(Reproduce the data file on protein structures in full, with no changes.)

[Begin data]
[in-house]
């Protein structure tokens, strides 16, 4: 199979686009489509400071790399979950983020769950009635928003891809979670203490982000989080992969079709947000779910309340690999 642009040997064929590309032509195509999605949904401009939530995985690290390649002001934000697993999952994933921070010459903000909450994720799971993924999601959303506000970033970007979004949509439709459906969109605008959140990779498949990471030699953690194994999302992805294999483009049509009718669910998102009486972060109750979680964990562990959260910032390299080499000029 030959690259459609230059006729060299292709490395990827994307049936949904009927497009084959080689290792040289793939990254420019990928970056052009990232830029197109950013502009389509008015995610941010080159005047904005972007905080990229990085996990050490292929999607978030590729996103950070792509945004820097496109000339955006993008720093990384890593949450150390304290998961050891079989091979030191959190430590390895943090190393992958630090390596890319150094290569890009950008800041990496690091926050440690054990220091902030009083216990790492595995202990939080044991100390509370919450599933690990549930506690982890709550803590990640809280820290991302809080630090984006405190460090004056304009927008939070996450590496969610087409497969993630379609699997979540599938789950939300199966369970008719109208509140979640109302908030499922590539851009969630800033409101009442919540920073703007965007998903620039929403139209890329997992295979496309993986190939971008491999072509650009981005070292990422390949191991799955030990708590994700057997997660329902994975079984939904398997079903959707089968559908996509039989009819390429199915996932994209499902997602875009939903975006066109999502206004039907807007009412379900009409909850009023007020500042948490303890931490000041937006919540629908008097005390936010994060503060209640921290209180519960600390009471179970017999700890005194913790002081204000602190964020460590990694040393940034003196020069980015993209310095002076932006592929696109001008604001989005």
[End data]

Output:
[in-house]
């Protein structure tokens, strides 16, 4: 199979686009489509400071790399979950983020769950009635928003891809979670203490982000989080992969079709947000779910309340690999 642009040997064929590309032509195509999605949904401009939530995985690290390649002001934000697993999952994933921070010459903000909450994720799971993924999601959303506000970033970007979004949509439709459906969109605008959140990779498949990471030699953690194994999302992805294999483009049509009718669910998102009486972060109750979680964990562990959260910032390299080499000029 030959690259459609230059006729060299292709490395990827994307049936949904009927497009084959080689290792040289793939990254420019990928970056052009990232830029197109950013502009389509008015995610941010080159005047904005972007905080990229990085996990050490292929999607978030590729996103950070792509945004820097496109000339955006993008720093990384890593949450150390304290998961050891079989091979030191959190430590390895943090190393992958630090390596890319150094290569890009950008800041990496690091926050440690054990220091902030009083216990790492595995202990939080044991100390509370919450599933690990549930506690982890709550803590990640809280820290991302809080630090984006405190460090004056304009927008939070996450590496969610087409497969993630379609699997979540599938789950939300199966369970008719109208509140979640109302908030499922590539851009969630800033409101009442919540920073703007965007998903620039929403139209890329997992295979496309993986190939971008491999072509650009981005070292990422390949191991799955030990708590994700057997997660329902994975079984939904398997079903959707089968559908996509039989009819390429199915996932994209499902997602875009939903975006066109999502206004039907807007009412379900009409909850009023007020500042948490303890931490000041937006919540629908008097005390936010994060503060209640921290209180519960600390009471179970017999700890005194913790002081204000602190964020460590990694040393940034003196020069980015993209310095002076932006592929696109001008604001989005």